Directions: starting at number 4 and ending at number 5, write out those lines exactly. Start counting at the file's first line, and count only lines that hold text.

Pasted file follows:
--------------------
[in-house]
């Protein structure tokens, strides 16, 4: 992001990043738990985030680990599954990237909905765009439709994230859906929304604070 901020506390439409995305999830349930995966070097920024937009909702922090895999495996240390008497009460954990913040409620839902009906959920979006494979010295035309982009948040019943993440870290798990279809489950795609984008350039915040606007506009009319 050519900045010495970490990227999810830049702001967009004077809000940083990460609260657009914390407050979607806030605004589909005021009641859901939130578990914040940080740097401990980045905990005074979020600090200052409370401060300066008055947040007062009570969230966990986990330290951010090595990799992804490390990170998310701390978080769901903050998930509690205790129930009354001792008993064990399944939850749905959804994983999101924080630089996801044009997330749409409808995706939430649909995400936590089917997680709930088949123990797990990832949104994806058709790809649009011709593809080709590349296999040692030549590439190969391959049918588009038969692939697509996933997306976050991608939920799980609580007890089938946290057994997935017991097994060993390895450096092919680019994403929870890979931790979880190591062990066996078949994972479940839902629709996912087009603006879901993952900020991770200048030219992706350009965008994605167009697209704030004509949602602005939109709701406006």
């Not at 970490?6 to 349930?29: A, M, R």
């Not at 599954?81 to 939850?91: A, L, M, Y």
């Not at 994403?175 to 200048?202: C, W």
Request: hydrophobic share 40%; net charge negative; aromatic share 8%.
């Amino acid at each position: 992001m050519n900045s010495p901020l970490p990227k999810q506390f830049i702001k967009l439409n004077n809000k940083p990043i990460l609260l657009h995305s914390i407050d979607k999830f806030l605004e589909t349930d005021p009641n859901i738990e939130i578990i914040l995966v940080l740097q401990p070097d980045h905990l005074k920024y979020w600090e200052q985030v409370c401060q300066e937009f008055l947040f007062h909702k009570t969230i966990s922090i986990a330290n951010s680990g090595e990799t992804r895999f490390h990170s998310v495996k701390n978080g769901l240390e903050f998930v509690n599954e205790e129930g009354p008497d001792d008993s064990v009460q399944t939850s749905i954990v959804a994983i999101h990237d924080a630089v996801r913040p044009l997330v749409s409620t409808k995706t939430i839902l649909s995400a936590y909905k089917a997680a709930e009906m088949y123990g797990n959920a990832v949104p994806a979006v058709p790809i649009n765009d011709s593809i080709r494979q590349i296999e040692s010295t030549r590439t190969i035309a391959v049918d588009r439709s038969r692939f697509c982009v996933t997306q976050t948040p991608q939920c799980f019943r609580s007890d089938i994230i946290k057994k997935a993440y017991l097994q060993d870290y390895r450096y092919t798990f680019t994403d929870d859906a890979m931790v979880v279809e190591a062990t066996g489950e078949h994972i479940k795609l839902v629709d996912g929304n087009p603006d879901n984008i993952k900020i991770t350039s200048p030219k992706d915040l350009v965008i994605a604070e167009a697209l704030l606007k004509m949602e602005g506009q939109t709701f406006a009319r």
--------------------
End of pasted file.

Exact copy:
């Not at 599954?81 to 939850?91: A, L, M, Y």
């Not at 994403?175 to 200048?202: C, W």